Do toilets flush differently across the globe?

Whether or not toilets flush differently in the northern and southern hemispheres has been a subject of unusually prolonged debate. This seems odd at first glance. After all, what's stopping two fluid dynamics scientists on opposite sides of the world from getting on the phone and clearing it up once and for all? Perhaps an absence of suitable laboratory-grade science toilets means they have nothing to…go on. But seriously, it seems to have taken much longer than necessary to flush away this unusually buoyant field of scientific inquiry. The reason boils down to a very real principle of physics bring obfuscated by a boringly simple feature of toilet manufacturing. 

A force known as the Coriolis effect will indeed affect the path of fluids differently in the northern and southern hemispheres. As described in National Geographic, fluid is affected by our planet's rotation. Picture an orange spinning horizontally to the right. If you look at it from the top (or north, in the case of our planet) it rotates in an counter-clockwise direction. If you shift your perspective and view it from beneath (or you guessed it, south) the orange will now be rotating clockwise. Water on our planet is influenced by Earth's rotation, and just like our hypothetical orange, will be subject to counter-clockwise and clockwise forces in our northern and southern hemispheres, respectively. This, in a rotational nutshell, is why a toilet should (in the absence of all other forces) flush in opposite directions, and why it wouldn't if the world were flat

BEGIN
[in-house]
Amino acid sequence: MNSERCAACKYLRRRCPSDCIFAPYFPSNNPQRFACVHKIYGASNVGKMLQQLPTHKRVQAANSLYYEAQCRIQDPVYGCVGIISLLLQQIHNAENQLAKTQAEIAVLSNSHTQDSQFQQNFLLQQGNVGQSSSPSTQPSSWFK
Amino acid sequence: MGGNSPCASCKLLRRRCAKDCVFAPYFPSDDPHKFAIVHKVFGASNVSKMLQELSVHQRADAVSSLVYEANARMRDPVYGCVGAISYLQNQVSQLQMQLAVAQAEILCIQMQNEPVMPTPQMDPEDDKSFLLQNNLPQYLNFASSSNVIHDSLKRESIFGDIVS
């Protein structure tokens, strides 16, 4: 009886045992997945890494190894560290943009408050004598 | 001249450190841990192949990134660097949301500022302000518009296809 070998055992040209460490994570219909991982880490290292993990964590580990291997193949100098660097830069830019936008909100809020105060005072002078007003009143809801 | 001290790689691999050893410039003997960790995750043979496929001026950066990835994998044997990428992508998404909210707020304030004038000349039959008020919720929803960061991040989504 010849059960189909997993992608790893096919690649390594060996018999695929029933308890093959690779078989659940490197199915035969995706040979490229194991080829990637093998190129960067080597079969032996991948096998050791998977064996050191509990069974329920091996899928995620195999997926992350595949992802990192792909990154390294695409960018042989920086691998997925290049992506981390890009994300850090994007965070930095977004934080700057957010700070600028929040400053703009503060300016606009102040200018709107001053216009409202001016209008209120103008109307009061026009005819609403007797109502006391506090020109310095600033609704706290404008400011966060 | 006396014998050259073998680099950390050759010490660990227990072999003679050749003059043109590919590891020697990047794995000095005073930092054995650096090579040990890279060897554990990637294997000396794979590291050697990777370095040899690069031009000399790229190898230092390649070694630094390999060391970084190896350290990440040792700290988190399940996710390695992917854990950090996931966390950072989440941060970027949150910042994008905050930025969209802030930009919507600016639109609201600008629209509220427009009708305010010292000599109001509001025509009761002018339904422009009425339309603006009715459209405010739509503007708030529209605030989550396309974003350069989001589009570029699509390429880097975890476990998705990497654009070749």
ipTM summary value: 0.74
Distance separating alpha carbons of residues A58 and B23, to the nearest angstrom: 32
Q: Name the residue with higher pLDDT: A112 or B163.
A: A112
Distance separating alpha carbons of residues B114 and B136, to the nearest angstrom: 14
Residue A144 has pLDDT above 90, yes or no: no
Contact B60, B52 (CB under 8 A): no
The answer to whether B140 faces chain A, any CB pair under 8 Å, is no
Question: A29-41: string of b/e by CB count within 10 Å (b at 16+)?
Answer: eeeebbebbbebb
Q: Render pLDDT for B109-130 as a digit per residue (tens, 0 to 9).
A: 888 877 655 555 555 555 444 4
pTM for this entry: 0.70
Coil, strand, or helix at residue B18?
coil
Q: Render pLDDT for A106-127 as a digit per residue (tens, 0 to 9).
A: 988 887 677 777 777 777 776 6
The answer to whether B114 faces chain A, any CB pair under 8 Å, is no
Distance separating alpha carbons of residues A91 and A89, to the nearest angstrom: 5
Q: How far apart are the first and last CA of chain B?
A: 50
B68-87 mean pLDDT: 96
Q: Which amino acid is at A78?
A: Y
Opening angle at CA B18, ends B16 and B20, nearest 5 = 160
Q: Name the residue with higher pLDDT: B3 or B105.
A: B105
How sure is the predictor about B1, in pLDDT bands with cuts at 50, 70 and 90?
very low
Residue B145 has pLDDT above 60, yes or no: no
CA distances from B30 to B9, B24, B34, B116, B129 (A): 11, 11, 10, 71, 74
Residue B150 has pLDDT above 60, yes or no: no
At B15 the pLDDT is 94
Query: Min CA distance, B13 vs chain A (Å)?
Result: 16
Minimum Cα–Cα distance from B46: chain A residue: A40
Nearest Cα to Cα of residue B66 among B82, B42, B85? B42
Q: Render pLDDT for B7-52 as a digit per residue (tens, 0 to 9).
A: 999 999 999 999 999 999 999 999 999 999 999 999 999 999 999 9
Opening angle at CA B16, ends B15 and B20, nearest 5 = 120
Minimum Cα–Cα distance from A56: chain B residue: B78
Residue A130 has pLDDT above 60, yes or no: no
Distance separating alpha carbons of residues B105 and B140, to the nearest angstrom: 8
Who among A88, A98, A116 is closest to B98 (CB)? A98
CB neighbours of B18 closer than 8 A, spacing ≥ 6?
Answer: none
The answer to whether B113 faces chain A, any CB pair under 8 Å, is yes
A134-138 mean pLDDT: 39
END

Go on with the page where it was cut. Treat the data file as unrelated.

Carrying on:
The Coriolis effect does bear out in reality — kind of. According to an article in MIT Technology Review, in 1962 a mechanical engineering professor named Ascher Shapiro performed an experiment to show how the Coriolis effect can affect small bodies of water. Shapiro filled a large, flat-bottomed tub with water. He covered the tub to ensure the water wouldn't be influenced by airflow, and he carefully regulated the temperature of the room to rule out the influence of temperature variation. Then, he slowly drained the water away. After 15 minutes, the water began to slowly rotate. Shapiro had proven, in experimental conditions, the Coriolis effect's influence on water drainage. In perfectly controlled conditions, laboratory toilets in Sydney and Seattle would indeed drain in opposite directions — if the water drained very slowly, if the drain was positioned in the center of the water, and if the water was completely still and not affected by any other forces (like, say, five-foot Texas Rat Snakes). 

That's a whole lot of ifs. It's probably stating the obvious, but real toilets fulfill none of these criteria. Toilet oddities around the world can be fascinating, but when it comes to the Coriolis effect, it's just too minute to exert a noticeable impact on your flushable friend. As Live Science points out, the direction a toilet flushes in is determined by one simple and not particularly interesting variable: the direction the toilet manufacturer decided to point the water jets. So that's another fun theory down the drain